Excuse No. 1: I can't afford to save
In the EBRI survey, the top reason workers gave for not contributing (or not putting in more) to their employer's retirement plan was that their living expenses were too high. Forty-one percent of eligible workers cited this factor for their lack of participation.
But Brian Plain, a CFP professional in Oak Park, Ill., thinks they have their spending strategy backward.
"Young workers need to think about paying themselves first and then work out the rest of their budget, not the other way around," Plain says.
Garth Scrivner, senior investment counselor with StanCorp Investment Advisors in Albuquerque, N.M., says his firm gives the same advice to clients.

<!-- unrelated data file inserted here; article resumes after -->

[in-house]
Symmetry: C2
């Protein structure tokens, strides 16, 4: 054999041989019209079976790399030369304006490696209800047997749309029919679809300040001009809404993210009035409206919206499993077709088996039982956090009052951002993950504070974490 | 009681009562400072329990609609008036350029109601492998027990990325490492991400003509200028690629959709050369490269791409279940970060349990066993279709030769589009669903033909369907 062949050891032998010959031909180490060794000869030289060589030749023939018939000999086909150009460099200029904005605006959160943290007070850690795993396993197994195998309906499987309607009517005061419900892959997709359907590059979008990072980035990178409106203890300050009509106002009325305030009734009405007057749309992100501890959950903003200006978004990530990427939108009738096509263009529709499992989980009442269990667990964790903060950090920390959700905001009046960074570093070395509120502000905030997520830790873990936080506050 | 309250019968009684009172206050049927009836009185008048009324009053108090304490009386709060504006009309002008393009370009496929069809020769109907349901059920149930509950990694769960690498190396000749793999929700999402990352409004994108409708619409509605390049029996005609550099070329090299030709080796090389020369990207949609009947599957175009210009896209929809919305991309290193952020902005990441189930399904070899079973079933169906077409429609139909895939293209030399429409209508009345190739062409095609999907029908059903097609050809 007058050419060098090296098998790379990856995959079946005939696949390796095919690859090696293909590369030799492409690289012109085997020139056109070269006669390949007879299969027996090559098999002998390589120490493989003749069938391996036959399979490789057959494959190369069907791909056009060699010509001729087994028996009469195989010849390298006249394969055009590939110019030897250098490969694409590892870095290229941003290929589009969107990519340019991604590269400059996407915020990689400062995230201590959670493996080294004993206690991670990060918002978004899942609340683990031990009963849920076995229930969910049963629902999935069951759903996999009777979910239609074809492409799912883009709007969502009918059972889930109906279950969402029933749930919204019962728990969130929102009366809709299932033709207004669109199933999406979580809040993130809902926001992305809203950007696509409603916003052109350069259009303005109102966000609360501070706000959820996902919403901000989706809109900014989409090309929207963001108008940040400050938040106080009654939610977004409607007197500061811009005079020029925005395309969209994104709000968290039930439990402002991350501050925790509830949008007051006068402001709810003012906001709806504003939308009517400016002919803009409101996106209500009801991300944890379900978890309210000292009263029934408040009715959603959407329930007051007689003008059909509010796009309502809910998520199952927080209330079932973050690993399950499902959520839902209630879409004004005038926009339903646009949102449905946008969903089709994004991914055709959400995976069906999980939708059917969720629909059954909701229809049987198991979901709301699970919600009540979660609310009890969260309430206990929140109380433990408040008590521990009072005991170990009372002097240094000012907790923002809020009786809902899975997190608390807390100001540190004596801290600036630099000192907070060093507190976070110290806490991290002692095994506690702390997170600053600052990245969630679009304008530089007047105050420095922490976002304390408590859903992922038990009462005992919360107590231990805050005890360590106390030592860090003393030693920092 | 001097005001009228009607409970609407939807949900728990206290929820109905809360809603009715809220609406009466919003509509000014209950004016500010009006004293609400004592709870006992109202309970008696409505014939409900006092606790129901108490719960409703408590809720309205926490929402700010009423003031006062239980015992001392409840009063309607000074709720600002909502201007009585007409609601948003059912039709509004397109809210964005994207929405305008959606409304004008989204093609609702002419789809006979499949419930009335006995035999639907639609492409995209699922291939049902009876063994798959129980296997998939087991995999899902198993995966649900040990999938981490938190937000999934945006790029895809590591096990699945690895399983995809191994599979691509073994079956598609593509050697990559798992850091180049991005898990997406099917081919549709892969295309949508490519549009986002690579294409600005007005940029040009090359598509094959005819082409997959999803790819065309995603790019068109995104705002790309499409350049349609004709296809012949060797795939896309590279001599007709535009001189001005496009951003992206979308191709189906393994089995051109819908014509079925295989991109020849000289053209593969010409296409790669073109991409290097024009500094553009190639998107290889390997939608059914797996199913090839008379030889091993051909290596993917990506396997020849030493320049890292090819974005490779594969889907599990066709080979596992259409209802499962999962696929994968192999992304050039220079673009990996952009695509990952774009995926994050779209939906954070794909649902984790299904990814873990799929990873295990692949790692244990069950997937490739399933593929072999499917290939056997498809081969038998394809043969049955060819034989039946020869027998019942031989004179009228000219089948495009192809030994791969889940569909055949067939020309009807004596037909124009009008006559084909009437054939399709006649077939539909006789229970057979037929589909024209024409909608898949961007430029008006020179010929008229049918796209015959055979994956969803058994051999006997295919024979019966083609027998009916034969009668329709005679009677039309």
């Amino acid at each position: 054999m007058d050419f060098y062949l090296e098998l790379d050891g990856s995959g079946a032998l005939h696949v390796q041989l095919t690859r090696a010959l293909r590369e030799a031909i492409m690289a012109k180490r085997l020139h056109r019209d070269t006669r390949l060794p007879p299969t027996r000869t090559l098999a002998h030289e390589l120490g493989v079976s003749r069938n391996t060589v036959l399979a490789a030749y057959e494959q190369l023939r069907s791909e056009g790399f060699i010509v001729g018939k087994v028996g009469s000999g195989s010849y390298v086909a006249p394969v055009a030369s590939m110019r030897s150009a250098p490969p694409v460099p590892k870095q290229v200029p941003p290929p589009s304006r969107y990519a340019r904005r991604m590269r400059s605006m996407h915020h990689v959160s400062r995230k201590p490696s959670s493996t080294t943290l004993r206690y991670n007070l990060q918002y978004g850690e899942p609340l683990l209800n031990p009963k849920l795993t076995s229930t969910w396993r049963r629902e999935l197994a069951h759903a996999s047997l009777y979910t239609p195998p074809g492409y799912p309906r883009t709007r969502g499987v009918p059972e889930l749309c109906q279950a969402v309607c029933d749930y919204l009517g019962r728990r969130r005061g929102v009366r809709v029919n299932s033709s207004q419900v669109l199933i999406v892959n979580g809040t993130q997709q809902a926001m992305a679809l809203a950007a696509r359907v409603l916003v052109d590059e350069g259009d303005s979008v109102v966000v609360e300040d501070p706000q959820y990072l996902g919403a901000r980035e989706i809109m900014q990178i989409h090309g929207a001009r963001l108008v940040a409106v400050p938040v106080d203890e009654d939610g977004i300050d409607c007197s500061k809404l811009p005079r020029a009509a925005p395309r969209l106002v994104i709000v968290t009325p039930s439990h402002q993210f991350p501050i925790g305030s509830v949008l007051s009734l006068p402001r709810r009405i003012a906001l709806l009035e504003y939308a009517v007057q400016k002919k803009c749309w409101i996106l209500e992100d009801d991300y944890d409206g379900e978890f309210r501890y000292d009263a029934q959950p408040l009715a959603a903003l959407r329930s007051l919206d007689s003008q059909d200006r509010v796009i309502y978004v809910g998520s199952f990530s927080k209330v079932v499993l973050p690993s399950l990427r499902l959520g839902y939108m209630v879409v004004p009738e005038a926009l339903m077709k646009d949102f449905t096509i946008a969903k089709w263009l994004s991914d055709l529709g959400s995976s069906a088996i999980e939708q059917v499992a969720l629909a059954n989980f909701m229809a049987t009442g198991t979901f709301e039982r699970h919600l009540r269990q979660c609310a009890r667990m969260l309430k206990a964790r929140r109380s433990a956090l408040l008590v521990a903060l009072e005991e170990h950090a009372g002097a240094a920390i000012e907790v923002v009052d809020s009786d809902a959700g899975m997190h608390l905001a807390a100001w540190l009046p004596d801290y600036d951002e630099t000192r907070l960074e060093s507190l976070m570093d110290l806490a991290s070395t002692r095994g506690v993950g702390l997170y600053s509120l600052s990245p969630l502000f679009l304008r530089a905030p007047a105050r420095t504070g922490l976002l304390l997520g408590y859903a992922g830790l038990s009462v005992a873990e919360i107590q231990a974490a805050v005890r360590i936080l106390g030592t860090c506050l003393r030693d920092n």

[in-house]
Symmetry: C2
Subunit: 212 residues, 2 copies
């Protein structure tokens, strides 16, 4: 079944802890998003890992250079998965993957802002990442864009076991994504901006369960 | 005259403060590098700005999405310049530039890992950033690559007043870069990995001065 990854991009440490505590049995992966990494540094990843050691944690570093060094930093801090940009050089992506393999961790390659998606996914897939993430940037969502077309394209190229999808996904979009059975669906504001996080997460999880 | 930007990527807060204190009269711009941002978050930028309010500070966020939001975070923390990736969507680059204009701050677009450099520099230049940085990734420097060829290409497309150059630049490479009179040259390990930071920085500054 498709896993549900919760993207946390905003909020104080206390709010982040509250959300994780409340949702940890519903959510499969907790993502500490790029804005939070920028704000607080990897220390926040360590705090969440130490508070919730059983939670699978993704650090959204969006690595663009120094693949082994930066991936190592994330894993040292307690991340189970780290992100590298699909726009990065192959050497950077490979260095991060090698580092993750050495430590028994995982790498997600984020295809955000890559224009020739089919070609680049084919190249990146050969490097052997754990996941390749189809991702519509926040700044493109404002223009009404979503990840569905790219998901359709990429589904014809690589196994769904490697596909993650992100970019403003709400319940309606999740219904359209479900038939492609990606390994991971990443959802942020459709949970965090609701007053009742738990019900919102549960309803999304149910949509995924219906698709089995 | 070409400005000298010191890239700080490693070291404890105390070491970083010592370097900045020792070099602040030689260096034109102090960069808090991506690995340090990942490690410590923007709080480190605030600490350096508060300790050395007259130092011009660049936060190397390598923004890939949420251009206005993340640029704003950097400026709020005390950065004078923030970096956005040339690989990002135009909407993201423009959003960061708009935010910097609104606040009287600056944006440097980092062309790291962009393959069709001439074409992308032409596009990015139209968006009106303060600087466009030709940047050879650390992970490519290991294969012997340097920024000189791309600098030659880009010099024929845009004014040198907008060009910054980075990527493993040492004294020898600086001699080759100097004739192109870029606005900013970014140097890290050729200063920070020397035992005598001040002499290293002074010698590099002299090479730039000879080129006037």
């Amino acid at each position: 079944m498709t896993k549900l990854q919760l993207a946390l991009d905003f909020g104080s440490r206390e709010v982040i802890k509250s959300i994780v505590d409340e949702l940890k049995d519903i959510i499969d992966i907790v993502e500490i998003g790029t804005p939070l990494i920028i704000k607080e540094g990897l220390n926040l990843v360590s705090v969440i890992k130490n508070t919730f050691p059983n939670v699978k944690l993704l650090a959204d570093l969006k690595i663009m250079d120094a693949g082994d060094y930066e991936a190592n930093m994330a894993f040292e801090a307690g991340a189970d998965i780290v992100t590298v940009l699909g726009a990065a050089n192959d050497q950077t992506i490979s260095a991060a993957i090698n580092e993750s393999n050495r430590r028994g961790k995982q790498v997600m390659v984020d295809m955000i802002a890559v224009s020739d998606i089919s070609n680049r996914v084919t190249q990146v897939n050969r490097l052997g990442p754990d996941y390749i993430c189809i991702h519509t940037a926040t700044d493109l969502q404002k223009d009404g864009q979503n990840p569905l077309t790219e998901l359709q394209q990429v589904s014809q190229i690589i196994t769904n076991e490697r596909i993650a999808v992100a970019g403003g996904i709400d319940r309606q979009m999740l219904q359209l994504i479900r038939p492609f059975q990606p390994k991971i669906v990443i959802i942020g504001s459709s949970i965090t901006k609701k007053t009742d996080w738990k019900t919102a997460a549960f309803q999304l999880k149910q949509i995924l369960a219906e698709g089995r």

"We sit down with people and try to make sure that they have a budget and a cash-flow plan that starts with retirement savings," Scrivner says. "Then they have what's left over to spend on life."
For those who have cut their spending budgets to the bare bones and still struggle to save money for retirement, Plain suggests looking for ways to acquire more income.
"That might mean considering a side job or working on freelance projects," Plain says.